The ceremony was broadcast on ABC. A total of 3,072 Oscar statuettes have been awarded from the inception of the award through the 90th ceremony, it was the first ceremony since 1988 without a host. The first Academy Awards presentation was held on 16 May 1929, at a private dinner function at the Hollywood Roosevelt Hotel with an audience of about 270 people; the post-awards party was held at the Mayfair Hotel. The cost of guest tickets for that night's ceremony was $5. Fifteen statuettes were awarded, honoring artists and other participants in the film-making industry of the time, for their works during the 1927–28 period; the ceremony ran for 15 minutes. Winners were announced to media three months earlier; that was changed for the second ceremony in 1930. Since for the rest of the first decade, the results were given to newspapers for publication at 11:00 pm on the night of the awards; this method was used until an occasion when the Los Angeles Times announced the winners before the ceremony began.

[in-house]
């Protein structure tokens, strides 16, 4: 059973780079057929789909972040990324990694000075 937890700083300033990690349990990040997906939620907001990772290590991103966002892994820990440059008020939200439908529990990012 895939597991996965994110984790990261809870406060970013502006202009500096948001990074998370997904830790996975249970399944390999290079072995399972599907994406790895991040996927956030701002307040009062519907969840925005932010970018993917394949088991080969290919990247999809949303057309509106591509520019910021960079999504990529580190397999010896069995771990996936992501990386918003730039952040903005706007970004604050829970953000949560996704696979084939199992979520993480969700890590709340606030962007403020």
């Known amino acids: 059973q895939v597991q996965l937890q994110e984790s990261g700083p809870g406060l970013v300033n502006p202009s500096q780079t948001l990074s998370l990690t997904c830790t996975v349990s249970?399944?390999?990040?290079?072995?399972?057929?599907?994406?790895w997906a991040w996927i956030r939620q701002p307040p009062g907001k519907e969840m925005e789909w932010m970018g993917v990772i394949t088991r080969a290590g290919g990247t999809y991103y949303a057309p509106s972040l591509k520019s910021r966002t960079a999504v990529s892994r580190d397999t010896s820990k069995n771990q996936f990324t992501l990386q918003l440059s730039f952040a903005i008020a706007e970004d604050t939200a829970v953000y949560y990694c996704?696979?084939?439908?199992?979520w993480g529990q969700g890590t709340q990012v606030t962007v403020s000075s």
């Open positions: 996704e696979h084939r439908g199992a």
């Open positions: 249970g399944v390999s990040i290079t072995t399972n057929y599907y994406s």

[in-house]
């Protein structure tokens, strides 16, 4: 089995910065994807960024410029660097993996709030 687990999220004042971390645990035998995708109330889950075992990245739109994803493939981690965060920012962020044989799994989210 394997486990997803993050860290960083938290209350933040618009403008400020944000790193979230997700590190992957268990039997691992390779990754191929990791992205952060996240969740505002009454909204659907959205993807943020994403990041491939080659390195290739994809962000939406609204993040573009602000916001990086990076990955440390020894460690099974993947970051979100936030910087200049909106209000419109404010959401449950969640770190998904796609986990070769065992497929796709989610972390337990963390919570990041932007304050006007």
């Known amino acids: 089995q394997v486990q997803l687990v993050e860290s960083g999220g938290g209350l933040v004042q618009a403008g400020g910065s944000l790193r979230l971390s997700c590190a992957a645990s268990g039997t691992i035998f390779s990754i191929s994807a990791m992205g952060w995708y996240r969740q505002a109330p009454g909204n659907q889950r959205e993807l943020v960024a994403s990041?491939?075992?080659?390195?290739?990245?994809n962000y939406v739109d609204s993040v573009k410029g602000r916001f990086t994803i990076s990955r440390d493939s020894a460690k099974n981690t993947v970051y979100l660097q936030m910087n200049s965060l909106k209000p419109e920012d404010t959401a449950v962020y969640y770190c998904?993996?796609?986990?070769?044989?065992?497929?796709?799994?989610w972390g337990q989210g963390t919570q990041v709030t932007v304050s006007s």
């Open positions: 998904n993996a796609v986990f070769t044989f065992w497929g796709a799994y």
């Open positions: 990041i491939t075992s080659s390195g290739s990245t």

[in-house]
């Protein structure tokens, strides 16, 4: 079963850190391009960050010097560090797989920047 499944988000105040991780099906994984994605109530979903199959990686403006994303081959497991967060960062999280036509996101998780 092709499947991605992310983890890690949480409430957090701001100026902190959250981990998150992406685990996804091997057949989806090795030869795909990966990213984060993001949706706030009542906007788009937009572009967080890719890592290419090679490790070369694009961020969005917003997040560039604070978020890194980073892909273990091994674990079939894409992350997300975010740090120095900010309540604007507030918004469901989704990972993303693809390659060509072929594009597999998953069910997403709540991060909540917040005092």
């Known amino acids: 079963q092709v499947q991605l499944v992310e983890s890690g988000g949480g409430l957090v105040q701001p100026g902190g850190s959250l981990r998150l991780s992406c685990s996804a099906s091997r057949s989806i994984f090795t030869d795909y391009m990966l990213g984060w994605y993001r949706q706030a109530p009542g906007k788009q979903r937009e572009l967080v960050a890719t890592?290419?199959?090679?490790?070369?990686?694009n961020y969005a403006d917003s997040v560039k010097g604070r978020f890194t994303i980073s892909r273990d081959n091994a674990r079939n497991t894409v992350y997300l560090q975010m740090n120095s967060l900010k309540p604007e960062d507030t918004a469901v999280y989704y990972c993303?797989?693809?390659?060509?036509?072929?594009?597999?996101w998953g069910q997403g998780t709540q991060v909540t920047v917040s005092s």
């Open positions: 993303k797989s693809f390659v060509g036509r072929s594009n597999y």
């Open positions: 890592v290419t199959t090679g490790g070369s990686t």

The first Best Actor awarded was Emil Jannings, for his performances in The Last Command and The Way of All Flesh. He had to return to Europe before the ceremony, so the Academy agreed to give him the prize earlier. At that time, the winners were recognized for all of their work done in a certain category during the qualifying period. With the fourth ceremony, the system changed, professionals were honored for a specific performance in a single film. For the first six ceremonies, the eligibility period spanned two calendar years. At the 29th ceremony, held on 27 March 1957, the Best Foreign Language Film category was introduced; until foreign-language films had been honored with the Special Achievement Award. The 74th Academy Awards, held in 2002, presented the first Academy Award for Best Animated Feature. Since 1973, all Academy Awards ceremonies have ended with the Academy Award for Best Picture. Traditionally, the previous year's winner for Best Actor and Best Supporting Actor present the awards for Best Actress and Best Supporting Actress, while the previous year's winner for Best Actress and Best Supporting Actress present the awards for Best Actor and Best Supporting Actor.